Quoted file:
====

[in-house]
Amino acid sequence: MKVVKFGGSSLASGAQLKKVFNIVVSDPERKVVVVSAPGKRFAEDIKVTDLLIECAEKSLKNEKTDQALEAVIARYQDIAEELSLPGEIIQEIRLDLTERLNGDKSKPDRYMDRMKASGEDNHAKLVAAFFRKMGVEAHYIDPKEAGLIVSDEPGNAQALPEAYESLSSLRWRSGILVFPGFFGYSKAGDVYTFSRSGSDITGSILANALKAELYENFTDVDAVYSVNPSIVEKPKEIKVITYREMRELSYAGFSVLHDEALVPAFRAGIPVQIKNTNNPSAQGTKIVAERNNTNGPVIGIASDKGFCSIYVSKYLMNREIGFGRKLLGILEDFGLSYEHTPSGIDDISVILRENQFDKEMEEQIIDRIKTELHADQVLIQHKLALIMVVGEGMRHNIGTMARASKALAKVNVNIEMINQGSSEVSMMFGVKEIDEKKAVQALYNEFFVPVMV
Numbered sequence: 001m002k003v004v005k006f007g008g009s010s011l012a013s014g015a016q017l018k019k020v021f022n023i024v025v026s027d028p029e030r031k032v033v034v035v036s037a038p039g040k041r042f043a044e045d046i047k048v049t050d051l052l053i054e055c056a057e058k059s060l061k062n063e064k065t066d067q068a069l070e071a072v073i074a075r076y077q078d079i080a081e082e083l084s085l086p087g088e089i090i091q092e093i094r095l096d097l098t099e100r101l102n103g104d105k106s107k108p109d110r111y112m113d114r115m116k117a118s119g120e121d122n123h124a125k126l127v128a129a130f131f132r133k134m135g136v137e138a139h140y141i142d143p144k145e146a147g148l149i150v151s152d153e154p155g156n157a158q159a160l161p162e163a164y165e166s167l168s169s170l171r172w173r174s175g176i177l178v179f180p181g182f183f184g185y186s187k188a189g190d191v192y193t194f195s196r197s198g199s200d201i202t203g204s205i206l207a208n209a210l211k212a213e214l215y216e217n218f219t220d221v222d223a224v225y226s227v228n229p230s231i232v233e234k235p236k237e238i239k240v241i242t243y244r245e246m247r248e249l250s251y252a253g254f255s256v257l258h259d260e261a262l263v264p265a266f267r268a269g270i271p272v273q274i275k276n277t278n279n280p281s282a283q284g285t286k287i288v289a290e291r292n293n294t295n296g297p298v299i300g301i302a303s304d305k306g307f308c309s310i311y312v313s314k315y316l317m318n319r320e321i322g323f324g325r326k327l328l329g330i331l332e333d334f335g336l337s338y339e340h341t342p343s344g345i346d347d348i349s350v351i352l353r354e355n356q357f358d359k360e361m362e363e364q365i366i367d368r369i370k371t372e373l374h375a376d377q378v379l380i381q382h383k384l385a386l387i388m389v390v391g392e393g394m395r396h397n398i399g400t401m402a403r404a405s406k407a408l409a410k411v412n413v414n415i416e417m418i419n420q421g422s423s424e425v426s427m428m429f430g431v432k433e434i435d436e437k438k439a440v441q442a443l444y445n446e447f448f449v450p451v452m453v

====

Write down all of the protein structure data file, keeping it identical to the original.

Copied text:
[in-house]
Amino acid sequence: MKVVKFGGSSLASGAQLKKVFNIVVSDPERKVVVVSAPGKRFAEDIKVTDLLIECAEKSLKNEKTDQALEAVIARYQDIAEELSLPGEIIQEIRLDLTERLNGDKSKPDRYMDRMKASGEDNHAKLVAAFFRKMGVEAHYIDPKEAGLIVSDEPGNAQALPEAYESLSSLRWRSGILVFPGFFGYSKAGDVYTFSRSGSDITGSILANALKAELYENFTDVDAVYSVNPSIVEKPKEIKVITYREMRELSYAGFSVLHDEALVPAFRAGIPVQIKNTNNPSAQGTKIVAERNNTNGPVIGIASDKGFCSIYVSKYLMNREIGFGRKLLGILEDFGLSYEHTPSGIDDISVILRENQFDKEMEEQIIDRIKTELHADQVLIQHKLALIMVVGEGMRHNIGTMARASKALAKVNVNIEMINQGSSEVSMMFGVKEIDEKKAVQALYNEFFVPVMV
Numbered sequence: 001m002k003v004v005k006f007g008g009s010s011l012a013s014g015a016q017l018k019k020v021f022n023i024v025v026s027d028p029e030r031k032v033v034v035v036s037a038p039g040k041r042f043a044e045d046i047k048v049t050d051l052l053i054e055c056a057e058k059s060l061k062n063e064k065t066d067q068a069l070e071a072v073i074a075r076y077q078d079i080a081e082e083l084s085l086p087g088e089i090i091q092e093i094r095l096d097l098t099e100r101l102n103g104d105k106s107k108p109d110r111y112m113d114r115m116k117a118s119g120e121d122n123h124a125k126l127v128a129a130f131f132r133k134m135g136v137e138a139h140y141i142d143p144k145e146a147g148l149i150v151s152d153e154p155g156n157a158q159a160l161p162e163a164y165e166s167l168s169s170l171r172w173r174s175g176i177l178v179f180p181g182f183f184g185y186s187k188a189g190d191v192y193t194f195s196r197s198g199s200d201i202t203g204s205i206l207a208n209a210l211k212a213e214l215y216e217n218f219t220d221v222d223a224v225y226s227v228n229p230s231i232v233e234k235p236k237e238i239k240v241i242t243y244r245e246m247r248e249l250s251y252a253g254f255s256v257l258h259d260e261a262l263v264p265a266f267r268a269g270i271p272v273q274i275k276n277t278n279n280p281s282a283q284g285t286k287i288v289a290e291r292n293n294t295n296g297p298v299i300g301i302a303s304d305k306g307f308c309s310i311y312v313s314k315y316l317m318n319r320e321i322g323f324g325r326k327l328l329g330i331l332e333d334f335g336l337s338y339e340h341t342p343s344g345i346d347d348i349s350v351i352l353r354e355n356q357f358d359k360e361m362e363e364q365i366i367d368r369i370k371t372e373l374h375a376d377q378v379l380i381q382h383k384l385a386l387i388m389v390v391g392e393g394m395r396h397n398i399g400t401m402a403r404a405s406k407a408l409a410k411v412n413v414n415i416e417m418i419n420q421g422s423s424e425v426s427m428m429f430g431v432k433e434i435d436e437k438k439a440v441q442a443l444y445n446e447f448f449v450p451v452m453v